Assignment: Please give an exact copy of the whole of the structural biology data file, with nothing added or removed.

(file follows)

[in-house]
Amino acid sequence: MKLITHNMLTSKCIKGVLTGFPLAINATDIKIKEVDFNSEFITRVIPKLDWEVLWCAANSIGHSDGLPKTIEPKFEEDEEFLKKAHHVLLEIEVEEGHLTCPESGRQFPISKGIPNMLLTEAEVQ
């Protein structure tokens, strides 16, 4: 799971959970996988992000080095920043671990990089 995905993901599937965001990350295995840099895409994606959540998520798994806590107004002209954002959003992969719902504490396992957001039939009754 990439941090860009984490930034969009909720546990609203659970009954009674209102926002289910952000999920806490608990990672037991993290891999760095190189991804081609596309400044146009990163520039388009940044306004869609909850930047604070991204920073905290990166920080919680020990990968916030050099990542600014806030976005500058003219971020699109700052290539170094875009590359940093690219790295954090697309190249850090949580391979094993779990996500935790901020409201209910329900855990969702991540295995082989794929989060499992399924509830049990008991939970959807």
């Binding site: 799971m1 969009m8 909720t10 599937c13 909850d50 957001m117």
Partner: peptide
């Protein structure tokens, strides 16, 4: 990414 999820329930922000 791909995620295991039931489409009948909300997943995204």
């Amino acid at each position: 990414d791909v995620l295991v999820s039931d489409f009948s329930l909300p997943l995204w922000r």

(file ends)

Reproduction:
[in-house]
Amino acid sequence: MKLITHNMLTSKCIKGVLTGFPLAINATDIKIKEVDFNSEFITRVIPKLDWEVLWCAANSIGHSDGLPKTIEPKFEEDEEFLKKAHHVLLEIEVEEGHLTCPESGRQFPISKGIPNMLLTEAEVQ
């Protein structure tokens, strides 16, 4: 799971959970996988992000080095920043671990990089 995905993901599937965001990350295995840099895409994606959540998520798994806590107004002209954002959003992969719902504490396992957001039939009754 990439941090860009984490930034969009909720546990609203659970009954009674209102926002289910952000999920806490608990990672037991993290891999760095190189991804081609596309400044146009990163520039388009940044306004869609909850930047604070991204920073905290990166920080919680020990990968916030050099990542600014806030976005500058003219971020699109700052290539170094875009590359940093690219790295954090697309190249850090949580391979094993779990996500935790901020409201209910329900855990969702991540295995082989794929989060499992399924509830049990008991939970959807």
């Binding site: 799971m1 969009m8 909720t10 599937c13 909850d50 957001m117």
Partner: peptide
């Protein structure tokens, strides 16, 4: 990414 999820329930922000 791909995620295991039931489409009948909300997943995204």
């Amino acid at each position: 990414d791909v995620l295991v999820s039931d489409f009948s329930l909300p997943l995204w922000r």